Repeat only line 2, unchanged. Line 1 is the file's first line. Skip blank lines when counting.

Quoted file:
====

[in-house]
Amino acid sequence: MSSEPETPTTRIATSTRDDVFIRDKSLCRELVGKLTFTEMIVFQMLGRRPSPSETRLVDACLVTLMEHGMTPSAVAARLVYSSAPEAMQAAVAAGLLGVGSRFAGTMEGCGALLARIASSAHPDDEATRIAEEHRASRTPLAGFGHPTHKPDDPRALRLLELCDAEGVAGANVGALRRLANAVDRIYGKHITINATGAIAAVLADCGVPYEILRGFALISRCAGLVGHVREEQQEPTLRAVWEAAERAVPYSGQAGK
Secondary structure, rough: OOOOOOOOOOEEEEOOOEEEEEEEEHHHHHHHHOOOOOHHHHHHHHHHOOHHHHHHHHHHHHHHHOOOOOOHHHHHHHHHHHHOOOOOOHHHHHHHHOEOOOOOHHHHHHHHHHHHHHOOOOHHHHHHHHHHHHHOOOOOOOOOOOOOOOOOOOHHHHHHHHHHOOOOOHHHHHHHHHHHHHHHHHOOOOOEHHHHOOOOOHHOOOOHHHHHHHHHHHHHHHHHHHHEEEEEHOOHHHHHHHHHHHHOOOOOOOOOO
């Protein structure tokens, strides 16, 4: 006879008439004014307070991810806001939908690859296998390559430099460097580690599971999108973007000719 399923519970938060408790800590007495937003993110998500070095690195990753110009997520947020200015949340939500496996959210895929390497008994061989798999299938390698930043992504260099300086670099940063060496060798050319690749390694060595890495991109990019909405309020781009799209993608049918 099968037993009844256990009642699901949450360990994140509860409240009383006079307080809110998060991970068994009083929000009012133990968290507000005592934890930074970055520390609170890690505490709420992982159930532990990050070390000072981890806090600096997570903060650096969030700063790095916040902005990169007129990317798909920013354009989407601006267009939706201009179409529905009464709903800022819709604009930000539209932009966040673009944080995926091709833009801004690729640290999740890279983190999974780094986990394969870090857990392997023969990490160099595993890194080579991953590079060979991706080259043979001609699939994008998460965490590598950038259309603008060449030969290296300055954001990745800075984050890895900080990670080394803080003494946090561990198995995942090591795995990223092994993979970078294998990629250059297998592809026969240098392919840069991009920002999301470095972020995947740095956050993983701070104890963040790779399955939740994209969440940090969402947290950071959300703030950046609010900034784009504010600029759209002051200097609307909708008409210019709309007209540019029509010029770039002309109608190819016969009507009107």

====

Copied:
Amino acid sequence: MSSEPETPTTRIATSTRDDVFIRDKSLCRELVGKLTFTEMIVFQMLGRRPSPSETRLVDACLVTLMEHGMTPSAVAARLVYSSAPEAMQAAVAAGLLGVGSRFAGTMEGCGALLARIASSAHPDDEATRIAEEHRASRTPLAGFGHPTHKPDDPRALRLLELCDAEGVAGANVGALRRLANAVDRIYGKHITINATGAIAAVLADCGVPYEILRGFALISRCAGLVGHVREEQQEPTLRAVWEAAERAVPYSGQAGK